What with soccer practice and summer homework and planning her future and decorating her binders with photos and stickers and phrases cut from magazines, Allison Smith never got around to painting her car for the first day of school, a Paint Branch High School senior class tradition.

There is something decidedly anticlimactic about one's 13th first day of school, Allison, 17, of Silver Spring decided yesterday, as public schools opened in Montgomery, as well as Howard, Anne Arundel, Charles and St. Mary's counties.

Allison had all but memorized the principal's usual P.A. welcome. She met her gang as usual in the H hallway first thing, chatted through the emergency card handout in homeroom -- "the last time you'll ever have to do this in your lives," said teacher Bob Vandegrift -- waited out a too-easy band class that she was incorrectly scheduled for and lunched with friends downstairs, as always.

But to 5-year-old Rochelle Etienne, everything was new. Sitting in Mary Paulus's kindergarten at Stevens Forest Elementary School in Columbia, Rochelle looked overwhelmed. She cast her eyes toward her mother, Pat Etienne, for reassurance while Paulus read a story about the alphabet. Her mother raised an eyebrow and motioned for Rochelle to pay attention.

Etienne smiled as her daughter turned her eyes back to the book.

"They all look so eager," she said. "Oh, gosh, somebody's yawning. There's no nap time today."

Paulus emphasized to the children that they were "big kids" now -- which meant they had to raise their hands when they had something to say, push their chairs in at their desks and put their toys away when they were finished playing. At Paint Branch, Allison heard a slew of rules, too, except they were all familiar: No hats. No cell phones in class. No chewing gum in the Spanish room.

As Allison's software applications teacher read the class syllabus, 12 miles away, Paulus settled into a rocking chair in the middle of the classroom with the children on the carpet around her and read "The Night Before Kindergarten."

Some kids brought blankets or their favorite stuffed bear

In hopes they could nap like they did in day care.

Their parents exclaimed, "You're big kids -- Wow!

Let us hold your bears and blankets for now."

Rochelle was already exerting her independence, her mother said. At her preschool, the children had to wear uniforms. So Rochelle was especially excited to choose her first-day outfit, a T-shirt in her favorite color, pink, and matching socks.

Rochelle had also wanted a new pair of sneakers that lit up when she walked, but her mother preferred a pair that was more "orthopedically sound," she said. They compromised on a pair of Velcro sneakers with -- of course -- a touch of pink.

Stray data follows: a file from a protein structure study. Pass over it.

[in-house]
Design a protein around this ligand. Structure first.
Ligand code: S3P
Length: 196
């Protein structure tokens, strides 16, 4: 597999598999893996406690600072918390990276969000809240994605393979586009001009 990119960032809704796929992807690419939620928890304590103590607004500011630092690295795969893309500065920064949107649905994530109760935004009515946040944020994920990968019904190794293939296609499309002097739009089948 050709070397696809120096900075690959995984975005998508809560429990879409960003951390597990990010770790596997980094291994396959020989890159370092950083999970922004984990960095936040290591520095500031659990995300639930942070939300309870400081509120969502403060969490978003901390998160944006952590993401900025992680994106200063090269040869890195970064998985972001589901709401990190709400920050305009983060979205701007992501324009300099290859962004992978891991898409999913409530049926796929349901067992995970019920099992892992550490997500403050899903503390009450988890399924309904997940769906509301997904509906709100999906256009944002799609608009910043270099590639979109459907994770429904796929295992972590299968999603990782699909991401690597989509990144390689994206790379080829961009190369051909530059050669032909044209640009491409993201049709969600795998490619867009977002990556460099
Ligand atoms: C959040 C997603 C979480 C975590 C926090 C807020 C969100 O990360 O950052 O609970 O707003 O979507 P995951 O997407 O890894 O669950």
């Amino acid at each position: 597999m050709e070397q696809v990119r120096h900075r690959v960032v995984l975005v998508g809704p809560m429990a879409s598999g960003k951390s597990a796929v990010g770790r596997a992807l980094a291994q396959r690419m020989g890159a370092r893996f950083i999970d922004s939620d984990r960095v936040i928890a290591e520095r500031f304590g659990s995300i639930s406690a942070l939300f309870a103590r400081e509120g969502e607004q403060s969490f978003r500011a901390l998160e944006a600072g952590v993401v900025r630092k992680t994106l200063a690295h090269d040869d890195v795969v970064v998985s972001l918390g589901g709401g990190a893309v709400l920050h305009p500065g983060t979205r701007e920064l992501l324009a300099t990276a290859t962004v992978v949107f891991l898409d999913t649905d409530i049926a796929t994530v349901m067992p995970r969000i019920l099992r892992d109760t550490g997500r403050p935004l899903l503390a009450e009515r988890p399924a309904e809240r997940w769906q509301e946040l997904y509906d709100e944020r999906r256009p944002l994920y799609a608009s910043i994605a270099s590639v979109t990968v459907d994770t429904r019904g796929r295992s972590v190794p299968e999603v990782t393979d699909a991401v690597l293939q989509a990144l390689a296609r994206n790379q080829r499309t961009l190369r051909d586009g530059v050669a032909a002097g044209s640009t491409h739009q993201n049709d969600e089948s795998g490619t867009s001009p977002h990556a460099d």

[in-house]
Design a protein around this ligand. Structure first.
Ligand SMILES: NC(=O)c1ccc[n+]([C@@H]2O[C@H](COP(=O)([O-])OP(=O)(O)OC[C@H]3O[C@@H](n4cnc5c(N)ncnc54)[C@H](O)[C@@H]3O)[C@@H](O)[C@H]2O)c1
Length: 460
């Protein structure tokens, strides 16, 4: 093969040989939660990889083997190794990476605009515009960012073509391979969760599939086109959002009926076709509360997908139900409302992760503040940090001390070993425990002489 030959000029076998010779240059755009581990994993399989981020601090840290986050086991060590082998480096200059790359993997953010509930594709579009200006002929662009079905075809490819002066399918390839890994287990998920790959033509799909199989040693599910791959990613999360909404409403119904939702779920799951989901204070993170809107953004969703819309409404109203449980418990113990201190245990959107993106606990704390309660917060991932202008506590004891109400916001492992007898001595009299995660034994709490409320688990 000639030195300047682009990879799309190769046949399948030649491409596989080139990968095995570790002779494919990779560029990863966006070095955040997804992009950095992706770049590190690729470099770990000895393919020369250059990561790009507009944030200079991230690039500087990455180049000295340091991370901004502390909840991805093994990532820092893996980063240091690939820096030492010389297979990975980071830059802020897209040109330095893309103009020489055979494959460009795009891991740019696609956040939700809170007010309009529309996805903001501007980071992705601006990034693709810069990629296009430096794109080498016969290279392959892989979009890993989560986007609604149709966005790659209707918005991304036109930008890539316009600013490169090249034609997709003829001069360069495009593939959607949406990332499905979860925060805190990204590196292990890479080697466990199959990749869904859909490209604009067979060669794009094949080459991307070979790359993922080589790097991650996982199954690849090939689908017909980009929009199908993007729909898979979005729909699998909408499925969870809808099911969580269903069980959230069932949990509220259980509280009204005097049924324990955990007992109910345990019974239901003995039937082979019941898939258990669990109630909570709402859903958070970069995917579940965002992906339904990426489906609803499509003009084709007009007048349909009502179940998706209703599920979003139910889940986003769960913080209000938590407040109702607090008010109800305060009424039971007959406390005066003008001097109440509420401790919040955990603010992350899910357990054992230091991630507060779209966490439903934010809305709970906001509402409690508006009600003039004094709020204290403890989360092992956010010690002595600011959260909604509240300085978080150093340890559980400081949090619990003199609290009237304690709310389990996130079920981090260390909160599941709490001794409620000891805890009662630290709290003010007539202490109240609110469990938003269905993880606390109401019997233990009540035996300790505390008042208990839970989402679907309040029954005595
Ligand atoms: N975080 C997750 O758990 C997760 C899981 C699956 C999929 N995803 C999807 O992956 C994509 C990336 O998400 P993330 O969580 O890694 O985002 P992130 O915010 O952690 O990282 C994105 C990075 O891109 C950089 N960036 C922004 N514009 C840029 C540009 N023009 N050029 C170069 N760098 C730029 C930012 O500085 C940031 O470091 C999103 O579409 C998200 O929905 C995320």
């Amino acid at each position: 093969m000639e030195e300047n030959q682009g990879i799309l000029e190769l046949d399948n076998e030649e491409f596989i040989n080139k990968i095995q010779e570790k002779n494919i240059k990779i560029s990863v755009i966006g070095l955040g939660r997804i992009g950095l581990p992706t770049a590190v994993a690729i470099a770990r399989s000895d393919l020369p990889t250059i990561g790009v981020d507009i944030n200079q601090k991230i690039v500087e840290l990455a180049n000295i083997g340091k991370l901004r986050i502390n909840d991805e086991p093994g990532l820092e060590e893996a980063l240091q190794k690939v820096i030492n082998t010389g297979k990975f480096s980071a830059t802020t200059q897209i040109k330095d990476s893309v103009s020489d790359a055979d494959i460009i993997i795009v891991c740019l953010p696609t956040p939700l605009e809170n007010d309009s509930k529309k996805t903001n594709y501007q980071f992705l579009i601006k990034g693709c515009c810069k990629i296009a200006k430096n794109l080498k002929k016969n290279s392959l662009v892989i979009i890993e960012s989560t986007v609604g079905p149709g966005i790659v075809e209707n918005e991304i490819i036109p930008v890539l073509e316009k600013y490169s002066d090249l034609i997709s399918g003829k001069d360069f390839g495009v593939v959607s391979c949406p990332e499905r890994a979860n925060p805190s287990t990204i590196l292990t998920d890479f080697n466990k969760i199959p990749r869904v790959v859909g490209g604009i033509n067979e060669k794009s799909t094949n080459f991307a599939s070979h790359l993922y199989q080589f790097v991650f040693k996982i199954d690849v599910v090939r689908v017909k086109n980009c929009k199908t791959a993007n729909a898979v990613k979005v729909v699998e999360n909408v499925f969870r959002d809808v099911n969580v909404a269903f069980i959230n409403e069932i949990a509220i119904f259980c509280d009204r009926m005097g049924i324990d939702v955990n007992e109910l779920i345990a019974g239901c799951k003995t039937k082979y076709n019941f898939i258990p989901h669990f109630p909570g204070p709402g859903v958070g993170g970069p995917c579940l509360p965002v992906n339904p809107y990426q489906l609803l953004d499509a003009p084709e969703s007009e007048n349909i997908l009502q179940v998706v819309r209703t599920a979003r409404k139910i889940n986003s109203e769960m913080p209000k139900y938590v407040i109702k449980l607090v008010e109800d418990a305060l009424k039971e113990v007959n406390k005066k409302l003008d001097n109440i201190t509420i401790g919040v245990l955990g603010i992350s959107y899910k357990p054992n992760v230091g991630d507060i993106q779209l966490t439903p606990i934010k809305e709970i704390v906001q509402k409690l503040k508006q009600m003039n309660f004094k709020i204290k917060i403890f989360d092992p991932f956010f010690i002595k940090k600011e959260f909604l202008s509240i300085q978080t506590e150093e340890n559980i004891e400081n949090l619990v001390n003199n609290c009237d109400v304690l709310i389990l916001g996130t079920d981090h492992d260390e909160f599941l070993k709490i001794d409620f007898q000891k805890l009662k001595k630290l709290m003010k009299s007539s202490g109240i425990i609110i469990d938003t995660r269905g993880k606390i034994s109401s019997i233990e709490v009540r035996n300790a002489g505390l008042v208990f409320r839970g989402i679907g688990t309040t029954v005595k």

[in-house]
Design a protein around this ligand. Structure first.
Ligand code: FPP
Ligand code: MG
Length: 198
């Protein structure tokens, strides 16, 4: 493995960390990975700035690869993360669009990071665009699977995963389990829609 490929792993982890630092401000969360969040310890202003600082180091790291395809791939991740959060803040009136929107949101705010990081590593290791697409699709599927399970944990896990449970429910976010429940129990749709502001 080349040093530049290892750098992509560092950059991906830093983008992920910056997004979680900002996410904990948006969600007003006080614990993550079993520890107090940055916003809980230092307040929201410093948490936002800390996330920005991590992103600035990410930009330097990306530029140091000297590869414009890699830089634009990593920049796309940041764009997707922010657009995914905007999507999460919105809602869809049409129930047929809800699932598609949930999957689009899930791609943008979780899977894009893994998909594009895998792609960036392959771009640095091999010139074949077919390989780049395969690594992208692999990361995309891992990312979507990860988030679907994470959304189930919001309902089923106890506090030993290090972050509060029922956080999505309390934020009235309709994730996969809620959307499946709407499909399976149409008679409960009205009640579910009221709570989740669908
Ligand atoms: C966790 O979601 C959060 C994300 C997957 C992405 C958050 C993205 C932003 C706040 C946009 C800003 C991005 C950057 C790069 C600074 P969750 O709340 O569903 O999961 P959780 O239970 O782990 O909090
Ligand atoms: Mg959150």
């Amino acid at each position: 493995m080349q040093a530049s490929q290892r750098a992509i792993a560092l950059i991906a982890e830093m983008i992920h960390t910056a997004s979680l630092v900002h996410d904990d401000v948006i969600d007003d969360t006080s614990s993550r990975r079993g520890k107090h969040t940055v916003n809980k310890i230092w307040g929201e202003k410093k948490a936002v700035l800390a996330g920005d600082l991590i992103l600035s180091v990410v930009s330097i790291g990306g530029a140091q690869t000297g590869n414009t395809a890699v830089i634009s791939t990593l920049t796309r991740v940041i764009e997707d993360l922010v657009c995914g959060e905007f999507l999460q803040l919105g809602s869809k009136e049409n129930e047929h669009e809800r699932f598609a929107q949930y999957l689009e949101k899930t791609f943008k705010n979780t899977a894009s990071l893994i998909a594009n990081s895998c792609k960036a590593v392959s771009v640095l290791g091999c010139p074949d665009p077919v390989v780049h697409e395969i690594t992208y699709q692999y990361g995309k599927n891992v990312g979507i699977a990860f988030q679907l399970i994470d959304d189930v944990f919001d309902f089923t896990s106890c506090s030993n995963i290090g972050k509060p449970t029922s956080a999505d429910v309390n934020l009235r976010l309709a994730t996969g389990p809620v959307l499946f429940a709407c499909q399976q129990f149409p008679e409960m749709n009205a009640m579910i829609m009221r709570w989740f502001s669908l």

Rochelle's mother tries not to think that such bartering might be just a taste of what's to come during Rochelle's teenage years. "Oh, my goodness," Etienne said, rolling her eyes. "I would rather not. They grow so quickly that I really try to enjoy them at every stage."

Allison, too, picked her pink out Sunday, a cap-sleeved blouse, to go with a pleated tan skirt. She finished up the last of her summer homework, an essay about "Dubliners" and a five-page packet of pre-calculus review problems. And she thought more about college.

Allison has to complete her applications to Maryland, Pitt and St. Mary's. She has to figure out her "reach" school and her "safe" school. It's hard to pick colleges when you haven't picked your career, her parents point out, so Sunday night they brought up the future. "My dad was like, 'This really matters this year,' " Allison said. "My mom is always trying to discuss different jobs and get me to find different directions."

Allison's father, Don, said, "She's fairly private, and we keep nudging her about it, but long, heartfelt conversations are not her style."

This is the thing about senior year: You are looking back as you look forward, and keeping on top of now at the same time. "We're trying to look ahead and decide what we're doing for college, and we're looking at this year and trying to see friends as much as possible before we all leave," Allison said.

She said she's eager for the homecoming pep rally, when the seniors are introduced and run out onto the gym floor in Burger King paper crowns. She hopes her soccer team can have another winning season "and not mess up." She thinks the freshmen might look up to her a little, the way she did to seniors back then, and sure enough, after fourth period, when a girl shyly asked where the cafeteria is, Allison felt good.

Allison said that she is sad that she'll leave her friends soon and that while "it shouldn't be hard to make another home in a dorm room," she'll miss her starry blue bedroom with her childhood artwork all over the walls, her haven for 17 years.

She still remembers her first day of kindergarten: She was convinced she was supposed to arrive having mastered the multiplication tables. "I thought everyone would know them except for me," Allison recalled.

Math still worries Allison a little -- this time, Advanced Placement calculus. Already on the first day, the class work involved the instantaneous rate of change of a function and a bit of erasing.

The teacher, Teresa Fromme, told the class: "All the math you've done before, you will be using this year. You'll finally see why you learned it all."

Rochelle expressed no concern about multiplication; she can already do simple addition and subtraction. But when asked how many days she has left of school, the kindergartner's eyes grew wide and she just shook her head.

High school might as well be another universe for Rochelle, who was still unsure where to find her classroom cubbyhole.

Columbia fourth-graders Dajoun Love, left, William Kendig, Darren Jefferys and Jenna Pekofsky join in a school chant. Seniors Amy Kaylor, left, and Allison Smith hug one another on the first day of their last year at Paint Branch High School in Burtonsville.